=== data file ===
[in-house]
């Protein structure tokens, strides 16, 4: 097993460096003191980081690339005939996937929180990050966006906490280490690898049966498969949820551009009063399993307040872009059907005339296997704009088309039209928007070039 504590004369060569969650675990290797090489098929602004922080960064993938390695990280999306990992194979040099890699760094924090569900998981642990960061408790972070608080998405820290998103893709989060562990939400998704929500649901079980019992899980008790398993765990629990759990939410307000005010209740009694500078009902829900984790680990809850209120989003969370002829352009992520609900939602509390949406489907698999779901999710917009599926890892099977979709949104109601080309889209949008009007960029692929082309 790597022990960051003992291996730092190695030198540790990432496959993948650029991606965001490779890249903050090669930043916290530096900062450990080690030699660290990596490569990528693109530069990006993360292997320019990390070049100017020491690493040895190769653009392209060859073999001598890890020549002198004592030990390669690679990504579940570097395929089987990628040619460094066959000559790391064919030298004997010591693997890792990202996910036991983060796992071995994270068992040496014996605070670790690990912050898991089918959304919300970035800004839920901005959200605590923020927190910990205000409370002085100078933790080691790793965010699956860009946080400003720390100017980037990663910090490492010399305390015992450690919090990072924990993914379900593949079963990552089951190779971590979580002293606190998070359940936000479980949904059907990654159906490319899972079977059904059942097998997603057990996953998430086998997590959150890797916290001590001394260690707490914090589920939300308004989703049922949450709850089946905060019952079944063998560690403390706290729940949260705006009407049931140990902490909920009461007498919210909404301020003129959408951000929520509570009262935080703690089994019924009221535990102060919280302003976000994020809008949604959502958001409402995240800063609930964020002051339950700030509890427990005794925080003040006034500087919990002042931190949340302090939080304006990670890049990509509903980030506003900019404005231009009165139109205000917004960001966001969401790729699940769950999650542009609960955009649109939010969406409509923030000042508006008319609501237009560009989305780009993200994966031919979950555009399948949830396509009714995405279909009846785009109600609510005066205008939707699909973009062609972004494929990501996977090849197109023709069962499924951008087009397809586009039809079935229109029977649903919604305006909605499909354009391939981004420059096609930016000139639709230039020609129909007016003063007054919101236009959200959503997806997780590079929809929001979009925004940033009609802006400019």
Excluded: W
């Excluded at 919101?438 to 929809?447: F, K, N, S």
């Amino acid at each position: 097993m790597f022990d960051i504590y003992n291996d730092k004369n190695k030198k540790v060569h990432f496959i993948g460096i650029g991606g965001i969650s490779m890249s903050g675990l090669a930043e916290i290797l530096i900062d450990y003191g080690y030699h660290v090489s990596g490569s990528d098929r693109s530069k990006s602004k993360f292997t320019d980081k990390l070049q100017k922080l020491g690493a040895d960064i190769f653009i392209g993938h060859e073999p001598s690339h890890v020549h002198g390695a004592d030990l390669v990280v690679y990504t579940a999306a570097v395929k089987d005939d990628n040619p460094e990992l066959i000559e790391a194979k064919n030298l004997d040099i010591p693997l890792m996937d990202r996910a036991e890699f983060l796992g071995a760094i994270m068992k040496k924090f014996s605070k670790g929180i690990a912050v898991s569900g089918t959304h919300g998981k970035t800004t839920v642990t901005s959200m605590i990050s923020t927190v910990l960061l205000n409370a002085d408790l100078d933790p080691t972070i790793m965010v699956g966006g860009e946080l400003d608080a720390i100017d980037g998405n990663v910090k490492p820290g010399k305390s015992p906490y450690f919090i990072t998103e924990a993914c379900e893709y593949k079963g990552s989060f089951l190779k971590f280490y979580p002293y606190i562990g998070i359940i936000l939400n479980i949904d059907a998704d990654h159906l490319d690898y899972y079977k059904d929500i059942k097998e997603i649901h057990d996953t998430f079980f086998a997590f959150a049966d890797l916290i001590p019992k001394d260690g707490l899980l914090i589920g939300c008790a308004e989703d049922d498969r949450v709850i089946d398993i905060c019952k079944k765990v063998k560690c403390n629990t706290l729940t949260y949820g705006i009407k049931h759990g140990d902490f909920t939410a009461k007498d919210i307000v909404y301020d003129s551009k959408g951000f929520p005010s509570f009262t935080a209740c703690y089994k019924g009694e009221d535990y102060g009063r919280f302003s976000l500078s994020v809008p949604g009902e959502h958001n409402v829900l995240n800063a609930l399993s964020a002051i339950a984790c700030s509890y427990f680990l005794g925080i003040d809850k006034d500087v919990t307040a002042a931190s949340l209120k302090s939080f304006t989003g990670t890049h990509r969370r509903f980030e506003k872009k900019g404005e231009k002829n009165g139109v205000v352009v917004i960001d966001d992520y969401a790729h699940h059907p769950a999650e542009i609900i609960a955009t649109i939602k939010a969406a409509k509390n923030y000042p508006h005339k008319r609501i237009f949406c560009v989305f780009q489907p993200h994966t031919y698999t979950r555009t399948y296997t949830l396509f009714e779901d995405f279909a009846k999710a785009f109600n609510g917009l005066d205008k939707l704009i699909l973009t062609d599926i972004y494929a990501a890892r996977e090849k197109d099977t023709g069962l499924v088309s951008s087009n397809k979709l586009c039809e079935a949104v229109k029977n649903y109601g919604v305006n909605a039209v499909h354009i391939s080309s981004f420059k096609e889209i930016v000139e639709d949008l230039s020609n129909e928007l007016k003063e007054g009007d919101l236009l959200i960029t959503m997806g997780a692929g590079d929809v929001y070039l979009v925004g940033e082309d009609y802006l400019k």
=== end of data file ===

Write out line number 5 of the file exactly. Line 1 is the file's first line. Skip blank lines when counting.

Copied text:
């Amino acid at each position: 097993m790597f022990d960051i504590y003992n291996d730092k004369n190695k030198k540790v060569h990432f496959i993948g460096i650029g991606g965001i969650s490779m890249s903050g675990l090669a930043e916290i290797l530096i900062d450990y003191g080690y030699h660290v090489s990596g490569s990528d098929r693109s530069k990006s602004k993360f292997t320019d980081k990390l070049q100017k922080l020491g690493a040895d960064i190769f653009i392209g993938h060859e073999p001598s690339h890890v020549h002198g390695a004592d030990l390669v990280v690679y990504t579940a999306a570097v395929k089987d005939d990628n040619p460094e990992l066959i000559e790391a194979k064919n030298l004997d040099i010591p693997l890792m996937d990202r996910a036991e890699f983060l796992g071995a760094i994270m068992k040496k924090f014996s605070k670790g929180i690990a912050v898991s569900g089918t959304h919300g998981k970035t800004t839920v642990t901005s959200m605590i990050s923020t927190v910990l960061l205000n409370a002085d408790l100078d933790p080691t972070i790793m965010v699956g966006g860009e946080l400003d608080a720390i100017d980037g998405n990663v910090k490492p820290g010399k305390s015992p906490y450690f919090i990072t998103e924990a993914c379900e893709y593949k079963g990552s989060f089951l190779k971590f280490y979580p002293y606190i562990g998070i359940i936000l939400n479980i949904d059907a998704d990654h159906l490319d690898y899972y079977k059904d929500i059942k097998e997603i649901h057990d996953t998430f079980f086998a997590f959150a049966d890797l916290i001590p019992k001394d260690g707490l899980l914090i589920g939300c008790a308004e989703d049922d498969r949450v709850i089946d398993i905060c019952k079944k765990v063998k560690c403390n629990t706290l729940t949260y949820g705006i009407k049931h759990g140990d902490f909920t939410a009461k007498d919210i307000v909404y301020d003129s551009k959408g951000f929520p005010s509570f009262t935080a209740c703690y089994k019924g009694e009221d535990y102060g009063r919280f302003s976000l500078s994020v809008p949604g009902e959502h958001n409402v829900l995240n800063a609930l399993s964020a002051i339950a984790c700030s509890y427990f680990l005794g925080i003040d809850k006034d500087v919990t307040a002042a931190s949340l209120k302090s939080f304006t989003g990670t890049h990509r969370r509903f980030e506003k872009k900019g404005e231009k002829n009165g139109v205000v352009v917004i960001d966001d992520y969401a790729h699940h059907p769950a999650e542009i609900i609960a955009t649109i939602k939010a969406a409509k509390n923030y000042p508006h005339k008319r609501i237009f949406c560009v989305f780009q489907p993200h994966t031919y698999t979950r555009t399948y296997t949830l396509f009714e779901d995405f279909a009846k999710a785009f109600n609510g917009l005066d205008k939707l704009i699909l973009t062609d599926i972004y494929a990501a890892r996977e090849k197109d099977t023709g069962l499924v088309s951008s087009n397809k979709l586009c039809e079935a949104v229109k029977n649903y109601g919604v305006n909605a039209v499909h354009i391939s080309s981004f420059k096609e889209i930016v000139e639709d949008l230039s020609n129909e928007l007016k003063e007054g009007d919101l236009l959200i960029t959503m997806g997780a692929g590079d929809v929001y070039l979009v925004g940033e082309d009609y802006l400019k």